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As is the case in most climactic drama, much of what constitutes the myth of Oedipus takes place before the opening scene of the play. In his youth, Laius was a guest of King Pelops of Elis, and became the tutor of Chrysippus, youngest of the king's sons, in chariot racing. He then violated the sacred laws of hospitality by abducting and raping Chrysippus, who according to some versions killed himself in shame. This cast a doom over Laius and his descendants.
The protagonist of the tragedy is the son of King Laius and Queen Jocasta of Thebes. After Laius learns from an oracle that "he is doomed/To perish by the hand of his own son", he tightly binds the feet of the infant together with a pin and orders Jocasta to kill the infant. Hesitant to do so, she orders a servant to commit the act for her. Instead, the servant takes the baby to a mountain top to die from exposure. A shepherd rescues the infant and names him Oedipus (or "swollen feet"). The shepherd carries the baby with him to Corinth, where Oedipus is taken in and raised in the court of the childless King Polybus of Corinth as if he were his own.
As a young man in Corinth, Oedipus hears a rumour that he is not the biological son of Polybus and his wife Merope. When Oedipus questions the King and Queen, they deny it, but, still suspicious, he asks the Delphic Oracle who his parents really are. The Oracle seems to ignore this question, telling him instead that he is destined to "Mate with [his] own mother, and shed/With [his] own hands the blood of [his] own sire". Desperate to avoid his foretold fate, Oedipus leaves Corinth in the belief that Polybus and Merope are indeed his true parents and that, once away from them, he will never harm them.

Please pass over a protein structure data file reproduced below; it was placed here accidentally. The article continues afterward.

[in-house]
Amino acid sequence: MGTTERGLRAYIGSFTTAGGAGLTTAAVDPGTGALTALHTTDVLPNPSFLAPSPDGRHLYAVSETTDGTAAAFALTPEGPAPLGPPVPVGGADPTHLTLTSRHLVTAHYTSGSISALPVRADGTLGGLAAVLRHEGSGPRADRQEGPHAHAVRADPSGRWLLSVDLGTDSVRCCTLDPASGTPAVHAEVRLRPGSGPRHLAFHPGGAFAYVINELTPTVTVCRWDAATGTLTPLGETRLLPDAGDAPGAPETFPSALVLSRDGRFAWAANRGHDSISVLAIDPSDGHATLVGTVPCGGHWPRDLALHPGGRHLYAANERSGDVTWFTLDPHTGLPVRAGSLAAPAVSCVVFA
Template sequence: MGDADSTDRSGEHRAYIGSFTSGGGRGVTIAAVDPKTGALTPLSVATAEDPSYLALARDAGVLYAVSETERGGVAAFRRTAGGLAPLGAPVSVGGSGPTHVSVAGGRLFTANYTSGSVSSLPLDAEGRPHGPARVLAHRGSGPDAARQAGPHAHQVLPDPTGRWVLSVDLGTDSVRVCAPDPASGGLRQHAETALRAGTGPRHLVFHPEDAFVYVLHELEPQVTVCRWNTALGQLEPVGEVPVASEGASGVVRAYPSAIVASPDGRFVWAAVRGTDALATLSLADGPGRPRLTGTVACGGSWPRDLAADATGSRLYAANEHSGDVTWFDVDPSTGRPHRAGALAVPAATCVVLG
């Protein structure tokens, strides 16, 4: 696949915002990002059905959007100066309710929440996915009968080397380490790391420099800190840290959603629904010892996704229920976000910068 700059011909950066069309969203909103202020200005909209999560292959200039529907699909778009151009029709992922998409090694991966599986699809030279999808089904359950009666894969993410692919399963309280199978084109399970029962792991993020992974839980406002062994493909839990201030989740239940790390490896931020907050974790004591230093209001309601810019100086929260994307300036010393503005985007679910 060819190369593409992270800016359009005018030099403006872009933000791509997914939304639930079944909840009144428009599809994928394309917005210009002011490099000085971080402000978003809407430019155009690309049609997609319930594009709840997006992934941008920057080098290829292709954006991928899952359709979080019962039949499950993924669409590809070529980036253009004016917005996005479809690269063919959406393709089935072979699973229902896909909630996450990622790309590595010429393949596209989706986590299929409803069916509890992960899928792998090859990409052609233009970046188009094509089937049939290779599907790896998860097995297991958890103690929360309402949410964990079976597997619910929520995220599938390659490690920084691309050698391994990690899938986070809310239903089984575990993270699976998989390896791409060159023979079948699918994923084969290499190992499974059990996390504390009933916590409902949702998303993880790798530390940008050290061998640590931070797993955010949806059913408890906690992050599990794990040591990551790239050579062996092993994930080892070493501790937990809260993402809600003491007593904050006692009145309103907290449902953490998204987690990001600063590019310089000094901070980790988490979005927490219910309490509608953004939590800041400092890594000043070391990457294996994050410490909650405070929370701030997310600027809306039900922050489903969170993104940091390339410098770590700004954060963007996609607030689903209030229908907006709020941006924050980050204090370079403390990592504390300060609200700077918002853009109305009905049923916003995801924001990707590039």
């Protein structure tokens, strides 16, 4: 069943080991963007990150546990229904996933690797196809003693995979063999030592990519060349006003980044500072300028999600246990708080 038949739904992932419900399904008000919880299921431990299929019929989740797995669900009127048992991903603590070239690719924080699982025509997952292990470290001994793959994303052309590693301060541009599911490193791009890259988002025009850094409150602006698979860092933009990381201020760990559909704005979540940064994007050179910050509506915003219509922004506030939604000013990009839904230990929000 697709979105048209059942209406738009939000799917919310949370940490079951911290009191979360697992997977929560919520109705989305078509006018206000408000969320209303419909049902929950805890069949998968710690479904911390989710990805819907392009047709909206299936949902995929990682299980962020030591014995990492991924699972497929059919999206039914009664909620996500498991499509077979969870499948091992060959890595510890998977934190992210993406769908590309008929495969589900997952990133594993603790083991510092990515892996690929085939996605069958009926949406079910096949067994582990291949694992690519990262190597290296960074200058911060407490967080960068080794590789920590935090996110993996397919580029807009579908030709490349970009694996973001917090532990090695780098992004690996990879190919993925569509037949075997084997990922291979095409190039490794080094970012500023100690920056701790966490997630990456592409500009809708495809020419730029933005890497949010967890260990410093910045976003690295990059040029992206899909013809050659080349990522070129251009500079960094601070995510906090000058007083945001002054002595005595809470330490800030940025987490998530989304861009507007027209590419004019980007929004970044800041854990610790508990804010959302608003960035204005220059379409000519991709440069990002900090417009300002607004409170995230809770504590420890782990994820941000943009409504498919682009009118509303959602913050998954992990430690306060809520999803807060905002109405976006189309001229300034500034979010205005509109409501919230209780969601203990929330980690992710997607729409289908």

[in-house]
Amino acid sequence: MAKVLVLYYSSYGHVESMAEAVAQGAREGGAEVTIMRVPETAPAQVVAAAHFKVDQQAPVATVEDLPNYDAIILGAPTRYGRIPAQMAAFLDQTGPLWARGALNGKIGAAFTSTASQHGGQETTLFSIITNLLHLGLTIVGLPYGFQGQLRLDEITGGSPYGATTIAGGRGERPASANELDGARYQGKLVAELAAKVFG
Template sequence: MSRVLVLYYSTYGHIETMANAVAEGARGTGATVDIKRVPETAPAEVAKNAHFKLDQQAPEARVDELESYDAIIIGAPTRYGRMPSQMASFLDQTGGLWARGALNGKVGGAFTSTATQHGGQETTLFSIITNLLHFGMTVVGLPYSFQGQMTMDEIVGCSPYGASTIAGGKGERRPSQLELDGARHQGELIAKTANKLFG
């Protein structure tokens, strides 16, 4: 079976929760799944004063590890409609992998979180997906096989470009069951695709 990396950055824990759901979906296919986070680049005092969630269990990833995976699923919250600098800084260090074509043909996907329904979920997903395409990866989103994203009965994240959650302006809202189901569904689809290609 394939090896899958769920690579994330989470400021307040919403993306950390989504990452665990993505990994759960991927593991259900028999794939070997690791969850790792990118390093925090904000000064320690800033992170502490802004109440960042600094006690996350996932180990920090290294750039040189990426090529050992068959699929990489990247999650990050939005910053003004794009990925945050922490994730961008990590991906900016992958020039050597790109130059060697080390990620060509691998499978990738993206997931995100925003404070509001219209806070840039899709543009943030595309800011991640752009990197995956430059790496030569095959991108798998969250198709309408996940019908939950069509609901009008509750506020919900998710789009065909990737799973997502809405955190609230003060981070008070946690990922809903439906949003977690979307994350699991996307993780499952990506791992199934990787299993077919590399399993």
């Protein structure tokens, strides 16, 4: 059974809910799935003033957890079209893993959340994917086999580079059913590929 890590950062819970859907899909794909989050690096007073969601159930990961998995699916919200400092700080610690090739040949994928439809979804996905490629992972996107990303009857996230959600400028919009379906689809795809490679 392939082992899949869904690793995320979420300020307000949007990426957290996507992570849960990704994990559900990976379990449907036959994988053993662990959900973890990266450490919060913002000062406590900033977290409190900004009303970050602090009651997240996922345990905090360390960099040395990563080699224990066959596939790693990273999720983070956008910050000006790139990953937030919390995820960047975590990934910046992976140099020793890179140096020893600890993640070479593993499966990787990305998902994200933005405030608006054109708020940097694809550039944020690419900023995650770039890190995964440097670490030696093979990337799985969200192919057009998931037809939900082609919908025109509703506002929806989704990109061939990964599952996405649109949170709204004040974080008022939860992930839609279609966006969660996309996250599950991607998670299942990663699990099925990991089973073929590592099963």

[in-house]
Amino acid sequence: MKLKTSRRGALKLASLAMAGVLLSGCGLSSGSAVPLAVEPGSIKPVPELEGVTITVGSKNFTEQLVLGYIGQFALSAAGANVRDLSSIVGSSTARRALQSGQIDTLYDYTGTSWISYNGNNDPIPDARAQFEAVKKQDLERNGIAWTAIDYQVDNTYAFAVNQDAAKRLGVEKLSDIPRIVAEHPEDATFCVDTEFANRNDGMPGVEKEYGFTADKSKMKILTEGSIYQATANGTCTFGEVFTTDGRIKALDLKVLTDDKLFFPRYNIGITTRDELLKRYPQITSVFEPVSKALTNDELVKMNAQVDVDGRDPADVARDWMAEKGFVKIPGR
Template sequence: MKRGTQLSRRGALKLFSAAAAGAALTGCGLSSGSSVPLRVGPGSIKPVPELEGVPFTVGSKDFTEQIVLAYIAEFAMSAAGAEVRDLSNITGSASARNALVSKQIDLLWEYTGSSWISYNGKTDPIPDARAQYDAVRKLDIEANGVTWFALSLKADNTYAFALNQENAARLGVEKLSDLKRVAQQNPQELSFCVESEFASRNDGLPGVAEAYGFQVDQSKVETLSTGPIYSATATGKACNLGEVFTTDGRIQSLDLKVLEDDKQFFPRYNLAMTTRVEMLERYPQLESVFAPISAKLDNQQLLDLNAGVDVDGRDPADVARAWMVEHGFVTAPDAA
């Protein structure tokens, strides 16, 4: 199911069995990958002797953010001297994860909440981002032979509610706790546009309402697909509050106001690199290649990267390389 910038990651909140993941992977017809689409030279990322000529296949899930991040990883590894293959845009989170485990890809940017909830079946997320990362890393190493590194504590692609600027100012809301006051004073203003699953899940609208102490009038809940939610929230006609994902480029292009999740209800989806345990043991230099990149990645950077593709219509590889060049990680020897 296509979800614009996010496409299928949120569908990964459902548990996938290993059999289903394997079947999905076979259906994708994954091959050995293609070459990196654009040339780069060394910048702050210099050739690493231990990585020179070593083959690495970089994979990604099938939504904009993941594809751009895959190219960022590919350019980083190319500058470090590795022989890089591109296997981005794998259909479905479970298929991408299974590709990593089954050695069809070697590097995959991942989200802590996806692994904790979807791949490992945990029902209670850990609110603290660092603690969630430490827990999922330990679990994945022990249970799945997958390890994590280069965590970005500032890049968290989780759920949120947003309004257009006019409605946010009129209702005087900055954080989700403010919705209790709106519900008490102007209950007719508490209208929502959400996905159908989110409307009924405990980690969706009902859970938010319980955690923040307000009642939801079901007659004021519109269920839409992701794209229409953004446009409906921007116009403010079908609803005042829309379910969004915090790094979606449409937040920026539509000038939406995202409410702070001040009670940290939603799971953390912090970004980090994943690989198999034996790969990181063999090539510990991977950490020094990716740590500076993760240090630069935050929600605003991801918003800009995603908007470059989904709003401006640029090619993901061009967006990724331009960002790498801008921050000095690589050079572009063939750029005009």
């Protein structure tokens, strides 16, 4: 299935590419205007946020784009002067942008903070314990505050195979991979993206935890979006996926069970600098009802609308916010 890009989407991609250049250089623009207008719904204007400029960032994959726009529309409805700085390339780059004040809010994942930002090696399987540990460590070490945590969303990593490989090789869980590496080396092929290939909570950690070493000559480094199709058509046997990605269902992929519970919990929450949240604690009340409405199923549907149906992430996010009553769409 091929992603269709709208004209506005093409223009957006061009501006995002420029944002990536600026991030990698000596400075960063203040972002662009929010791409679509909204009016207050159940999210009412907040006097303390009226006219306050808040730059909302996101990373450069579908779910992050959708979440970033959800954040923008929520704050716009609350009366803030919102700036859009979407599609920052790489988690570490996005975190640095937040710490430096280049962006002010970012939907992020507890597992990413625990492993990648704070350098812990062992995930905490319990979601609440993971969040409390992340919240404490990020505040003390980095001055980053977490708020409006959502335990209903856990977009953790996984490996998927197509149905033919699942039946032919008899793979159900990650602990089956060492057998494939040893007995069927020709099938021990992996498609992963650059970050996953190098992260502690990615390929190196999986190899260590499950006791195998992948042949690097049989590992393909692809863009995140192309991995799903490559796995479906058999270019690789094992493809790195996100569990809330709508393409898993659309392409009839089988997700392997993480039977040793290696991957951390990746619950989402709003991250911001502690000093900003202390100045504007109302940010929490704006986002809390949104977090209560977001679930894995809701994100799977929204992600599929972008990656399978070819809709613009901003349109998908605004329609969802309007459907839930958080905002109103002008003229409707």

On the road to Thebes, he meets Laius, his true father. Unaware of each other's identities, they quarrel over whose chariot has right-of-way. King Laius moves to strike the insolent youth with his sceptre, but Oedipus throws him down from the chariot and kills him, thus fulfilling part of the oracle's prophecy. He kills all but one of the other men.
Shortly after, Oedipus solves the riddle of the Sphinx, which has baffled many a diviner: "What is the creature that walks on four legs in the morning, two legs at noon, and three in the evening?" To this Oedipus replies, "Man" (who crawls on all fours as an infant, walks upright later, and needs a walking stick in old age), and the distraught Sphinx throws herself off the cliffside. Oedipus's reward for freeing the kingdom of Thebes from her curse is the kingship and the hand of Queen Dowager Jocasta, his biological mother. The prophecy is thus fulfilled, although none of the main characters knows it.
The action of the play
A priest and the chorus of Thebans arrive at the palace to call upon their King, Oedipus, to aid them with the plague. Oedipus had sent his brother-in-law Creon to ask help of the oracle at Delphi, and he returns at that moment. Creon says the plague is the result of religious pollution, caused because the murderer of their former King, Laius, had never been caught. Oedipus vows to find the murderer and curses him for the plague that he has caused.
Oedipus summons the blind prophet Tiresias for help. When Tiresias arrives he claims to know the answers to Oedipus's questions, but refuses to speak, instead telling Oedipus to abandon his search. Oedipus is enraged by Tiresias's refusal, and says the prophet must be complicit in the murder. Outraged, Tiresias tells the king that Oedipus himself is the murderer. Oedipus cannot see how this could be, and concludes that the prophet must have been paid off by Creon in an attempt to undermine him. The two argue vehemently and eventually Tiresias leaves, muttering darkly that when the murderer is discovered he shall be a native citizen of Thebes; brother and father to his own children; and son and husband to his own mother.
Creon arrives to face Oedipus's accusations. The King demands that Creon be executed, however the chorus persuades him to let Creon live. Jocasta enters and attempts to comfort Oedipus, telling him he should take no notice of prophets. Many years ago she and Laius received an oracle which never came true. It was said that Laius would be killed by his own son, but, as all Thebes knows, Laius was killed by bandits at a crossroads on the way to Delphi.